The Congressional Budget Office’s grim report on the government’s long-term budget outlook released yesterday paints a rosier picture of the approaching “Taxmageddon” than the name would imply.
Congressional aides coined “Taxmageddon” in February to describe December 31, 2012, the date when both the Bush tax cuts are set to expire and the automatic spending cuts agreed upon during last year’s calamitous debt ceiling fight are scheduled to go into effect. Earlier this year, the predicted result of such a doomsday was an immediate and catastrophic double-dip recession; Ben Bernanke described the looming deadline to take action as “a massive fiscal cliff.”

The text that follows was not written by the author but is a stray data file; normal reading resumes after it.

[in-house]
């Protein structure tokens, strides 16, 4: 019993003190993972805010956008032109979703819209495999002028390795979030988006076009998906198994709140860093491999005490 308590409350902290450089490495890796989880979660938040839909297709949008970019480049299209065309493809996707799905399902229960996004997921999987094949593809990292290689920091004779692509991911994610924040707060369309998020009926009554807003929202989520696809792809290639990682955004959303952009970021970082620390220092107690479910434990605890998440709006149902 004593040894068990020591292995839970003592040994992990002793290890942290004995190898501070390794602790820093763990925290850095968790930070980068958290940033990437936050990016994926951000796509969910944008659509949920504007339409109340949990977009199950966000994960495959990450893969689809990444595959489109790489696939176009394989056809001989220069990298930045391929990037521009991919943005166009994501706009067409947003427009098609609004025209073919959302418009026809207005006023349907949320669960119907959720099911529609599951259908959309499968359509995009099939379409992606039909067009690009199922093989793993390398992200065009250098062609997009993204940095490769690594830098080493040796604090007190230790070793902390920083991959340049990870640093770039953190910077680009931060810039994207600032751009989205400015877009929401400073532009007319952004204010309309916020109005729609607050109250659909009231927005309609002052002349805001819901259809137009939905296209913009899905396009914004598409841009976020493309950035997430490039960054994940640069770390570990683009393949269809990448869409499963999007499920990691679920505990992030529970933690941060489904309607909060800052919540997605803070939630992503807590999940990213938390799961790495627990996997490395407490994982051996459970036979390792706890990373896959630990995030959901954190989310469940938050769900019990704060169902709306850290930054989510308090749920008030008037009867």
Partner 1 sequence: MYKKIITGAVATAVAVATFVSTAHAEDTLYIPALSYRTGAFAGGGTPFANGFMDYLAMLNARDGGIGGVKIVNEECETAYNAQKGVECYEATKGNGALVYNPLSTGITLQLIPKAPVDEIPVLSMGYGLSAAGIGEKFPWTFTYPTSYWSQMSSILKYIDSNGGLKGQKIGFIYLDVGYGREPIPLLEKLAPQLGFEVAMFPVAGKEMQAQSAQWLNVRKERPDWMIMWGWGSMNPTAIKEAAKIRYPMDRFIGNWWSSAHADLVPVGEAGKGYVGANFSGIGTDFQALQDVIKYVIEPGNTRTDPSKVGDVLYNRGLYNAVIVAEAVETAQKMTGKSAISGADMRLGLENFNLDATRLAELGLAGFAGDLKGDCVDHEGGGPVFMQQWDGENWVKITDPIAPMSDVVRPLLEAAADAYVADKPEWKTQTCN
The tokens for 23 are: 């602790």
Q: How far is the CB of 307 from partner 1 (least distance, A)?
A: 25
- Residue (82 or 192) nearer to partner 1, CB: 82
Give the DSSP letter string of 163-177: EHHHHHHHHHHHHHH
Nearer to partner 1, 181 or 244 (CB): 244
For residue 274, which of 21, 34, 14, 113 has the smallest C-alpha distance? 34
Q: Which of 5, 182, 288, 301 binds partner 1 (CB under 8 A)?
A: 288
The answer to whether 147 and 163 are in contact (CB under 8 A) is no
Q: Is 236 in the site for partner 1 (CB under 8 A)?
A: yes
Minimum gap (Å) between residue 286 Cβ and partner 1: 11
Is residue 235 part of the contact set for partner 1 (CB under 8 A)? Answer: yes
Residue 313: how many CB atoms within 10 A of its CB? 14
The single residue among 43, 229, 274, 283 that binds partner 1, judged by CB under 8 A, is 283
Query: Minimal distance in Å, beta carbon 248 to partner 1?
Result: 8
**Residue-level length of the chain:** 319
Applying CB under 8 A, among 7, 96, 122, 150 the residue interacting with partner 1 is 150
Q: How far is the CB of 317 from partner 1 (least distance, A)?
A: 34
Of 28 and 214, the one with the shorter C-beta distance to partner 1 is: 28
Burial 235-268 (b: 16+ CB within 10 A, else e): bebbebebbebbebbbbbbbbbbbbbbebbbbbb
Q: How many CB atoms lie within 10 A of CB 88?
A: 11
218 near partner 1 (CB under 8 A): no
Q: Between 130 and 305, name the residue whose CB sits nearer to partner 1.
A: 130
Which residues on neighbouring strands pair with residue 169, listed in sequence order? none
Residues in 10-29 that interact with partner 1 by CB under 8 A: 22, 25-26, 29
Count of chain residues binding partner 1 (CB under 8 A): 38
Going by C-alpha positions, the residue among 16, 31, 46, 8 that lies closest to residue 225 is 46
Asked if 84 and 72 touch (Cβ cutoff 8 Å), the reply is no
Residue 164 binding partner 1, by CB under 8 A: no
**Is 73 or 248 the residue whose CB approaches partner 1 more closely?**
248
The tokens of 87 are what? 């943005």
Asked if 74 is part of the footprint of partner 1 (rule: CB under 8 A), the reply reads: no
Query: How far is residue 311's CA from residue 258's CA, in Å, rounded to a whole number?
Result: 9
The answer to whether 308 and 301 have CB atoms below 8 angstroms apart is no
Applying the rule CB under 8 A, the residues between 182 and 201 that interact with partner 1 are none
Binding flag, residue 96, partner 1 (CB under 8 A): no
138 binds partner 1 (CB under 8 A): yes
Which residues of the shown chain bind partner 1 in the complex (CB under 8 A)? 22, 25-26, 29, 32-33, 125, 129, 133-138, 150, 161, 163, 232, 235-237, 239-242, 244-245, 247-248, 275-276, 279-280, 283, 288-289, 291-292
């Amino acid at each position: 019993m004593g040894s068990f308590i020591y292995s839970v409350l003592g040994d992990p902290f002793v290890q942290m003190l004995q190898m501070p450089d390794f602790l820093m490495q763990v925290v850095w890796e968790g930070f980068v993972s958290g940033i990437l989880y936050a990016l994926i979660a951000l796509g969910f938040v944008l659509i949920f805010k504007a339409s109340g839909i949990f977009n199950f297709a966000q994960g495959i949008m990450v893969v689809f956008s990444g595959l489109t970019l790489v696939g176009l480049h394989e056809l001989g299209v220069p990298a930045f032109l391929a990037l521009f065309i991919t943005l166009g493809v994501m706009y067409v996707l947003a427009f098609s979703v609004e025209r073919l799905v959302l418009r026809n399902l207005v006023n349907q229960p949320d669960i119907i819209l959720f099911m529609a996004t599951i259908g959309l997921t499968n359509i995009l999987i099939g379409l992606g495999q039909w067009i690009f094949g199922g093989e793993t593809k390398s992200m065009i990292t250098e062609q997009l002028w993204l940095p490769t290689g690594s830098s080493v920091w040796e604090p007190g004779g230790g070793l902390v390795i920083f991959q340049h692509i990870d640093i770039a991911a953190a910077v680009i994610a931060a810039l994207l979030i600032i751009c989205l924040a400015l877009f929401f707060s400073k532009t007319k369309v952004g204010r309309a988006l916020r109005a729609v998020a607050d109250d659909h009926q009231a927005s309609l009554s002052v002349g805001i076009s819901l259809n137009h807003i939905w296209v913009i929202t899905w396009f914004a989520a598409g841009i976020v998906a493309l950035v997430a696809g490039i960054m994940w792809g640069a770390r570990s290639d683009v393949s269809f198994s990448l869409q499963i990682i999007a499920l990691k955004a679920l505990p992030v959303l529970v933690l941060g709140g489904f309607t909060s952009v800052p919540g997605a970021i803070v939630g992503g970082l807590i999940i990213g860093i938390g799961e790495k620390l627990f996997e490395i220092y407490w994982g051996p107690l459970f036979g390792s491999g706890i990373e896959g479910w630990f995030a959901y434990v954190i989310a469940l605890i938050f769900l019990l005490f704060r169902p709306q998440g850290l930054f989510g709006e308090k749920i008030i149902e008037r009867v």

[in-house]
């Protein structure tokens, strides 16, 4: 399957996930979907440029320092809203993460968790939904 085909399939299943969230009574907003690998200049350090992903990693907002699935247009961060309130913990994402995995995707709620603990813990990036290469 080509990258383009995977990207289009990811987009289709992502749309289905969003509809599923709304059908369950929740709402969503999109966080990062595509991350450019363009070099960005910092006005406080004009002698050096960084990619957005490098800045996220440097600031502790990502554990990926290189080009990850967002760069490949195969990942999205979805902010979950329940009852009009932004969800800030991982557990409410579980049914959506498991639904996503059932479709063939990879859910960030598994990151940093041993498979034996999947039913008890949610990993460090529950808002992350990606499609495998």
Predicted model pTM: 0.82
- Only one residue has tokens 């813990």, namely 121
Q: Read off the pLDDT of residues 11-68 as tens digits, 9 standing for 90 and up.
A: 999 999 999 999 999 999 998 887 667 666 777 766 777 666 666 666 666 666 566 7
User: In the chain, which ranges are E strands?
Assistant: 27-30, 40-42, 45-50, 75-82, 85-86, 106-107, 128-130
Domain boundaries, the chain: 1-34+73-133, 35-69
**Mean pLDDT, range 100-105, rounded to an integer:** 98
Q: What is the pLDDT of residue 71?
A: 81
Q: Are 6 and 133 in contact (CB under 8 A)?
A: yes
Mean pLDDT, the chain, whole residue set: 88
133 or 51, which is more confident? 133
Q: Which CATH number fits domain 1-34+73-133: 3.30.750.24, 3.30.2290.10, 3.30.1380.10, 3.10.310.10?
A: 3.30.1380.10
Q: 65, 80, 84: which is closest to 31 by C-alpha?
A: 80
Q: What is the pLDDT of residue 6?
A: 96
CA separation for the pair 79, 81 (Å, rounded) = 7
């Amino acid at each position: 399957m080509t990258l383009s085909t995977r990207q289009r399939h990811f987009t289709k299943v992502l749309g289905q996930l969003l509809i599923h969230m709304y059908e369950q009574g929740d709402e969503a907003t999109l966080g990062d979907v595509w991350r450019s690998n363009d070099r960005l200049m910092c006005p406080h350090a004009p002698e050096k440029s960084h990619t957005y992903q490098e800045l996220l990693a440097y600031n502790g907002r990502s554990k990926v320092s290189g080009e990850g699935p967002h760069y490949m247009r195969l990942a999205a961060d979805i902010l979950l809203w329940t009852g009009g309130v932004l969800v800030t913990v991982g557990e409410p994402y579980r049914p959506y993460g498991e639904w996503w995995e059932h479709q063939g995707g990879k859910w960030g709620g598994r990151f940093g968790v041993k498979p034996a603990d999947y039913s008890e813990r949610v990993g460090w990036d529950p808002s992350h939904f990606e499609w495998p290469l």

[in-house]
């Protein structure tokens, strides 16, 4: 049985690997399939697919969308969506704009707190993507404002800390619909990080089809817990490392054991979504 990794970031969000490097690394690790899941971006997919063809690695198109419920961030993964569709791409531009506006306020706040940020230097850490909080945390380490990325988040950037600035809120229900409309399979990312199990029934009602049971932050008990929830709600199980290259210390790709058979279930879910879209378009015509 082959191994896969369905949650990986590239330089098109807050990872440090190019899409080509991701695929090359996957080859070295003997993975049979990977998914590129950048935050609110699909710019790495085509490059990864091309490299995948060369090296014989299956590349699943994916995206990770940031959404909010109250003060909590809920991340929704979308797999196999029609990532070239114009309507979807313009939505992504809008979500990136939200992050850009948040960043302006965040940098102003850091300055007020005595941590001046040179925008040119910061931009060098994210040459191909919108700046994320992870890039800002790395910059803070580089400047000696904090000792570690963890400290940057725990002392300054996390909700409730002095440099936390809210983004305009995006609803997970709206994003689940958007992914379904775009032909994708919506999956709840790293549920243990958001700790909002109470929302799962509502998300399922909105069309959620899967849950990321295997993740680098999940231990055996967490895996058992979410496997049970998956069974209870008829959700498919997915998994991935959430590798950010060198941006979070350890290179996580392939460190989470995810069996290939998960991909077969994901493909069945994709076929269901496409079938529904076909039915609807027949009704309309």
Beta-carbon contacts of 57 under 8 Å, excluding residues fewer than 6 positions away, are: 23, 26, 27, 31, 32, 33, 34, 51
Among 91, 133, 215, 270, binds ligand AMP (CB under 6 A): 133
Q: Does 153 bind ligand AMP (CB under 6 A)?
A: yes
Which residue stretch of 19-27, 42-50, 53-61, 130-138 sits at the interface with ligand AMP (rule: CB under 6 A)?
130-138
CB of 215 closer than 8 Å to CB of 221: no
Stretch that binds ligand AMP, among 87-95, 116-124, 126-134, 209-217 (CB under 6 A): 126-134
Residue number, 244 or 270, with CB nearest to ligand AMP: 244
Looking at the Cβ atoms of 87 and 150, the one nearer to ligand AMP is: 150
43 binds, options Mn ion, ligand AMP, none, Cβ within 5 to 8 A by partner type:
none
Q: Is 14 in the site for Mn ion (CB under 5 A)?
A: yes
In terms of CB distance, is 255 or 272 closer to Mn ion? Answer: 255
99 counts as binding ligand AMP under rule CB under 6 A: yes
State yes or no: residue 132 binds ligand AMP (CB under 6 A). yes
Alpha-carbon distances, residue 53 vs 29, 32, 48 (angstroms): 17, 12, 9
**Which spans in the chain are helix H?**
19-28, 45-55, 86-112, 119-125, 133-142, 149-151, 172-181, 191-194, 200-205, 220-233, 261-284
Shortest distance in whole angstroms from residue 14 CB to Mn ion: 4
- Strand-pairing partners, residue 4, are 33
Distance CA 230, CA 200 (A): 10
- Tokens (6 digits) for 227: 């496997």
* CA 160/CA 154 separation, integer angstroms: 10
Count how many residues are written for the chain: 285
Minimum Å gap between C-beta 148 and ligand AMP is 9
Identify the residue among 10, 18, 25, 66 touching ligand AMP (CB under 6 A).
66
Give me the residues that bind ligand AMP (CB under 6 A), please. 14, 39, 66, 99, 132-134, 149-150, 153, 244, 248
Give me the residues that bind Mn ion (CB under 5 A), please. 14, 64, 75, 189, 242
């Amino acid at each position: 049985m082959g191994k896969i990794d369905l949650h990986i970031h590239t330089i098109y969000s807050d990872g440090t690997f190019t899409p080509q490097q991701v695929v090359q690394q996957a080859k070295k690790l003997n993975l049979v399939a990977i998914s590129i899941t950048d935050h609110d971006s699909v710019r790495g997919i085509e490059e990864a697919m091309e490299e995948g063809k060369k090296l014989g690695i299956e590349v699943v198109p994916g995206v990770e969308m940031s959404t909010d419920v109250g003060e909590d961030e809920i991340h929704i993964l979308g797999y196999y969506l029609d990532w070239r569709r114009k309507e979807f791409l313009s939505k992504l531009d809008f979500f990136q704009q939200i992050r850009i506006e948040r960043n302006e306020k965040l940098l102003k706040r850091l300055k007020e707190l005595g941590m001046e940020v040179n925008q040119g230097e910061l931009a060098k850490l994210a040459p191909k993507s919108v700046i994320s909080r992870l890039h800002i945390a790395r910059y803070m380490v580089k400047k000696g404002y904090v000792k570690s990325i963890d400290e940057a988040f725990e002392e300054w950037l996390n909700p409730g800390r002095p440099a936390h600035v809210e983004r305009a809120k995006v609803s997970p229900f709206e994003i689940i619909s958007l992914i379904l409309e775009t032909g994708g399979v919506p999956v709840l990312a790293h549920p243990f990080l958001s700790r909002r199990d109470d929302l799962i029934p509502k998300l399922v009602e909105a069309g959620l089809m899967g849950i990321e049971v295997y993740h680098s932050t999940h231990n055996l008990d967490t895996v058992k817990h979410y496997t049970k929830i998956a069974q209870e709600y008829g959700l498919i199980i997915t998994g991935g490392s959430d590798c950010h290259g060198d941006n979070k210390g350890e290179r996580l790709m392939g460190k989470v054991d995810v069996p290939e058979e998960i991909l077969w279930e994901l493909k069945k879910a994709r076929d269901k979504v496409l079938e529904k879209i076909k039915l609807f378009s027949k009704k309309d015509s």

The new CBO report shows, however, the so-called fiscal cliff (or fiscal slope) may be preferable in the long-term to extending current policies. If the current tax cuts and spending were to continue, a scenario which the CBO calls “much bleaker” than the Taxmageddon one, federal debt would exceed 90 percent of GDP by 2022 and 109 percent by 2026. If America’s federal debt approaches or exceeds 100 percent of GDP, economists have warned it could set off a domino effect of fiscal consequences leading to a crisis similar to those now faced by some European countries.
On the other hand, if Taxmageddon were to occur, debt would decline from 73 percent of GDP this year to 61 percent by 2022 and 53 percent by 2037. If following the election Congress does agree on a debt-reduction package before December 31, the CBO advises that the package must be similar in size to the combined deficit cuts and tax hikes of Taxmageddon in order to avoid an “explosive” fiscal crisis in the future.